The source of this division might be a struggle over the representation of the Shi’ite community. This is a phenomenon seen repeatedly in countries that adopt consocitational political systems, in which political organizations that represent a plurality of ethnic identities start as a unified bloc representing each identity, only to then take part in a struggle over representation of a particular subgroup. In this regard, the internal Shi’ite struggle developed gradually from a struggle over the approach to state governance to a sharp and profound struggle between two opposing, contradictory worldviews. One of these groupings tended towards unreserved subservience to Iran, while another was more assertive of an independent Iraqi identity, relatively unencumbered by Iranian restrictions. The essence of this division revolves around the problematic dilemma: What is meant by Shiite power in a pluralistic society? All other issues, however important, are derived from this fundamental conundrum, whether the matter concerns the relationship with Iran, the relationship with the Sunni community, or how to deal with “the Sunni problem” and the war against ISIL.
The first of these two blocs centers around the person of former Prime Minister Nuri al-Maliki, who formed the State of Law Coalition, including forces that have achieved greater influence subsequent to the campaign against ISIL and the formation of the ”Popular Mobilization Militia”, ostensibly founded to counter ISIL by the Badr Organization which is led by MP Hadi al-Amiri. Other important components of Maliki’s pro-Iranian bloc include the "League of the Righteous" led by Qais al-Khazali. Their Shi’ite competitors include two of the three largest Shi’ite organizations in Iraq, namely "The Supreme Iraqi Islamic Council" and the Sadrists, which are both backed by the Shiite clerical authorities in Najaf.
In the wake of the fall of Mosul to ISIL, Maliki’s group attempted to appropriate the formation of the Popular Mobilization Militia, presenting itself as the lead Shi’ite force in the confrontation with ISIL. In doing this, they benefitted from widespread fears of the all-out threat which ISIL posed to Shi’ite holy sites and shrines and to the capital Baghdad.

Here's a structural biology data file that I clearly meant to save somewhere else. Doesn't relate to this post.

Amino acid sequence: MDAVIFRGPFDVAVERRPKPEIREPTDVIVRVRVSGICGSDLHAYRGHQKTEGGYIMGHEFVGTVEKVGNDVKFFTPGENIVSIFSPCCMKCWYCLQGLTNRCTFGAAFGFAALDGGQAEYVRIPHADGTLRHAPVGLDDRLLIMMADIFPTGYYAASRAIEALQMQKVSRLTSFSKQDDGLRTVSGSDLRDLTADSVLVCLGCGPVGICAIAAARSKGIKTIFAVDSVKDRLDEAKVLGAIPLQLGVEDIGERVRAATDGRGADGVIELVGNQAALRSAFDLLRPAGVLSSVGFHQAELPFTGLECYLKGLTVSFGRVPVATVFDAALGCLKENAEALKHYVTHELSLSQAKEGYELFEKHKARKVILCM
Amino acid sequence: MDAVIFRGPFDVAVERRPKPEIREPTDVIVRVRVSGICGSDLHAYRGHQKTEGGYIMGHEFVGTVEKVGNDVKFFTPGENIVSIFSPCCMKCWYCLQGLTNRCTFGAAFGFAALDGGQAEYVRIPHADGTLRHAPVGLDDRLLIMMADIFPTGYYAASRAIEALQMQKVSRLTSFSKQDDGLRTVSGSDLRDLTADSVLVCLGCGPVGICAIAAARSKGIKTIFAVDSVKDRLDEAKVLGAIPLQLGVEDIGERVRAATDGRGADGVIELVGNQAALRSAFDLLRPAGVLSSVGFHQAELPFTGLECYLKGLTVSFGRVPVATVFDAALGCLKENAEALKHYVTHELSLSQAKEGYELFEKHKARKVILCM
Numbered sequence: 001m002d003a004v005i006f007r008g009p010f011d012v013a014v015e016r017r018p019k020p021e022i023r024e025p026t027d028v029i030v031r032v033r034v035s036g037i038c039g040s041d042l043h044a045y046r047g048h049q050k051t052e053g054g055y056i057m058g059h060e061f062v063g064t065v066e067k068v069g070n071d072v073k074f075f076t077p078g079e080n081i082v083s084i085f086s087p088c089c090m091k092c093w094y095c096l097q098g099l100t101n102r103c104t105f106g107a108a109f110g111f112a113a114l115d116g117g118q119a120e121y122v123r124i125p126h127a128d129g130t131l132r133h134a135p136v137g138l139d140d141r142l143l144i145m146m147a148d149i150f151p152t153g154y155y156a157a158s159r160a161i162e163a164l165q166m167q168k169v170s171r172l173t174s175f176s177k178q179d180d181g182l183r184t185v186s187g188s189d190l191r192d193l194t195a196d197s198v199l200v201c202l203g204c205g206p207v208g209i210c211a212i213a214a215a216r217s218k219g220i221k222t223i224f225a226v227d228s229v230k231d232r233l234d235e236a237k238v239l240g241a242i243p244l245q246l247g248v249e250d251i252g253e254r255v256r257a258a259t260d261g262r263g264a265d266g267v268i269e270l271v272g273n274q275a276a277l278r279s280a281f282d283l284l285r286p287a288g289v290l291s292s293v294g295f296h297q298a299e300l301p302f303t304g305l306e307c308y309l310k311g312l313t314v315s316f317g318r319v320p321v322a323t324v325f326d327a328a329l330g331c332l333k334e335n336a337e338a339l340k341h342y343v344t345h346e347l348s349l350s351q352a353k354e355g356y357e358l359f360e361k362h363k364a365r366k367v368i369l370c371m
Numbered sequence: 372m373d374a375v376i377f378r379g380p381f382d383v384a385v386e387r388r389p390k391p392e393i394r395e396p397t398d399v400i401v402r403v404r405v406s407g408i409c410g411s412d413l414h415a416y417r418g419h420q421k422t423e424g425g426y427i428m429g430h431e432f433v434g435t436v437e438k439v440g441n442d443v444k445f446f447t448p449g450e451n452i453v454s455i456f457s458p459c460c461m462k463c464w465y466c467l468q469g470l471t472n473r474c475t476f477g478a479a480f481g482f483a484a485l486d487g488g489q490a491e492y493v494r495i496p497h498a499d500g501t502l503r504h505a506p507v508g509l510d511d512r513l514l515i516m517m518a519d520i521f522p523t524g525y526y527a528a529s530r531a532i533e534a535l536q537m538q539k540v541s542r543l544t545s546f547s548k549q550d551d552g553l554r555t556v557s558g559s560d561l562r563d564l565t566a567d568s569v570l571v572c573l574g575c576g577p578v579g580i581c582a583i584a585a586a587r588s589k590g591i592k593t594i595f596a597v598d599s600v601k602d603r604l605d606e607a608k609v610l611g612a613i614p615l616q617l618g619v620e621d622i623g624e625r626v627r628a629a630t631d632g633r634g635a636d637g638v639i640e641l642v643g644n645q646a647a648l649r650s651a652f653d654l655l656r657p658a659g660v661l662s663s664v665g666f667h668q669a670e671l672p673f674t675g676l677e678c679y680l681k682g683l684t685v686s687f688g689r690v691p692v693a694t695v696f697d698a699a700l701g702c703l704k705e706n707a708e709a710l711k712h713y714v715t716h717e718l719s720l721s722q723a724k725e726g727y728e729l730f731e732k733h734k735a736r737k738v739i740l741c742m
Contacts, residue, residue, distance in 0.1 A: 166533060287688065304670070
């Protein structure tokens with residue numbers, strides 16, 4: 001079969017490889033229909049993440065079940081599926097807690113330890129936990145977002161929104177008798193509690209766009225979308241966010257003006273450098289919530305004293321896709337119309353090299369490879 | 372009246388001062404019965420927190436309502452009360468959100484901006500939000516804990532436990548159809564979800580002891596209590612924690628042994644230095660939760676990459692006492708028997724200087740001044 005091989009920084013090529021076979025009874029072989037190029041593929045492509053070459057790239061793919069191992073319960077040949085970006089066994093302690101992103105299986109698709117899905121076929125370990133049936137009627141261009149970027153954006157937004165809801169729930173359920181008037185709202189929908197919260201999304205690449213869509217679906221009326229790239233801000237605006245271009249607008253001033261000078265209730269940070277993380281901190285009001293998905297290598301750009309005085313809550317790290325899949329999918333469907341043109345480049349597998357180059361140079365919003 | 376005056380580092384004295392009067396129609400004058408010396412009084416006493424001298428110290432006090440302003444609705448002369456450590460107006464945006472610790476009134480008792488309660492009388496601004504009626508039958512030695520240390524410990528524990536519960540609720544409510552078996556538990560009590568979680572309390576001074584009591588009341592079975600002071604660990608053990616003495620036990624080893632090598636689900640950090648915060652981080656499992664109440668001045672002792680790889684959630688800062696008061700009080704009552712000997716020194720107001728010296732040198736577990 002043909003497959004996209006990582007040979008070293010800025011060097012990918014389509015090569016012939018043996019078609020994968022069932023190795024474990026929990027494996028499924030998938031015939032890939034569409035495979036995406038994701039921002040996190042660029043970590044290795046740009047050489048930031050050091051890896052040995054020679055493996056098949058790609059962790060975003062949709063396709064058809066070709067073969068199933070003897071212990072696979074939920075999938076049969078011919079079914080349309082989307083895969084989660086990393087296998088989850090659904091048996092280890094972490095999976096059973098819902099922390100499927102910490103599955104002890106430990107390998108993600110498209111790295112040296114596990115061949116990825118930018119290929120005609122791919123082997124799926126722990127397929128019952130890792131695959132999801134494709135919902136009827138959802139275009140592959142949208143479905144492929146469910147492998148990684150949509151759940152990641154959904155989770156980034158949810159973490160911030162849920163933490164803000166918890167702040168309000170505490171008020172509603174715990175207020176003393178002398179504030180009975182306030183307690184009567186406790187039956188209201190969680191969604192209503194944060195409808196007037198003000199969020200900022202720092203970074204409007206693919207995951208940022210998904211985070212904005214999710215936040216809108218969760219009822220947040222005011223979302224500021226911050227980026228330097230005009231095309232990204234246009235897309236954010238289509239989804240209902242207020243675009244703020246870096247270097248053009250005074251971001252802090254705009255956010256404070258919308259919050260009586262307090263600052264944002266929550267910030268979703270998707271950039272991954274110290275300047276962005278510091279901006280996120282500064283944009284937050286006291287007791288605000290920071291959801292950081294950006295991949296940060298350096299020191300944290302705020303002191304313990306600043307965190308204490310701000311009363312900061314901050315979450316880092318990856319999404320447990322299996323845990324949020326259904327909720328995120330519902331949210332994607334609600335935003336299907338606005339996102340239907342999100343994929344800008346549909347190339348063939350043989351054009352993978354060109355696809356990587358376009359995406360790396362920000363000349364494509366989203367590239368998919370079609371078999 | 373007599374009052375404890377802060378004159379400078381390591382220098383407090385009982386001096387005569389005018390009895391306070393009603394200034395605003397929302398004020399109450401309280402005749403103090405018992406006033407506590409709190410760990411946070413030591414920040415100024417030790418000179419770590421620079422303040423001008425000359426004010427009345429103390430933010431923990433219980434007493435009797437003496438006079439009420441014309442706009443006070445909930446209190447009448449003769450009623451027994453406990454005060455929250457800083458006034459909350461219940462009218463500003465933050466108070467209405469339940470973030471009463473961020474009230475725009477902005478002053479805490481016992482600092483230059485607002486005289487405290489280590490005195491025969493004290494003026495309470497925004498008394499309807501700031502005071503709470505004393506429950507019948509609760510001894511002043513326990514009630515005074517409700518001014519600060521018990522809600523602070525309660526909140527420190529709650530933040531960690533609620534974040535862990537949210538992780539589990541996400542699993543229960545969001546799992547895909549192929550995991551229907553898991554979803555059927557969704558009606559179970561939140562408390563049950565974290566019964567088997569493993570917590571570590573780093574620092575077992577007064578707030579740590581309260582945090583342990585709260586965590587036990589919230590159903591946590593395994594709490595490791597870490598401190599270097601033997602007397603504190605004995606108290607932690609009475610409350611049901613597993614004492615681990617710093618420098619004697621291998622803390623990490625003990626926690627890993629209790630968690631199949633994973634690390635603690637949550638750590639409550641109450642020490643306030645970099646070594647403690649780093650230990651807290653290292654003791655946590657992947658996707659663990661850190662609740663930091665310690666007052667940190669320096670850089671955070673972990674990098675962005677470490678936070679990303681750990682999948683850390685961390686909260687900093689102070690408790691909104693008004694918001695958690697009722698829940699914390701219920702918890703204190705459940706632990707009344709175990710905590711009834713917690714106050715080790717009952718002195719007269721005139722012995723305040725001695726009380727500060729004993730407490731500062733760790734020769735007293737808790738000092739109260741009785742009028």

Thus, the pro-Iranian camp was able to mobilize the power of Shi’ite public opinion around the idea that ISIL was not so much an expression of a political crisis, but of an existential one, and that war against the fanatical Sunni group was the only option. At a time when ISIL seemed to pose an genuine threat to the Shi’ite community, the second Shi’ite political trend, led by Abadi, found itself vying with a demagogic opponent for the right to represent Shi’ite political aspirations. It was therefore compelled to achieve a delicate balance between the imperatives of a regional conflict on one hand, and the need to wage an intra-Shi’ite battle on the other.
Once the electricity protests moved north to Baghdad, al-Maliki tried to capitalize on them, in what appeared to be an attempt to overthrow the government of Abadi in his first year in office, accusing his successor of bearing responsibility for the institutional collapse that ravaged the Iraqi state. Media coverage of this dispute by pro-Maliki outlets made it abundantly clear that his pro-Iranian camp was enthusiastically supporting the protests, egging its members to protest and go out into the streets. They also described this as the “Civil Mobilization”, presenting themselves as the unarmed wing of the militia which had claimed to be fighting ISIL.
In terms of political demands, this pro-Iranian movement demanded a return to a presidential system of governance – a reflection of Maliki’s personal penchant for centralized governance. Prime Minister Abadi was able to co-opt this demand however, turning it into a major plank of the reforms he announced on August 9.
Following a year of silence, it was apparently time for the more independently minded Abadi-led bloc to take decisive action. The green light came in the form of a sermon delivered on August 7 by a representative of Ayatollah Ali al Sistani, the leading Shi’ite clerical authority in Iraq and the prime minister’s main backer, who called on Abadi to confront corruption “with an iron fist”.
Before the formal announcement of his proposed changes on August 9, Abadi had discussed his radical structural reforms with leaders of the Supreme Council, the Sadrists, and some Da’wa Party leaders close to him. Ultimately, it was ratified by the Council of Ministers on the same day, passing onwards to the House of Representatives, as a project, and it was ratified by Parliament on August 11.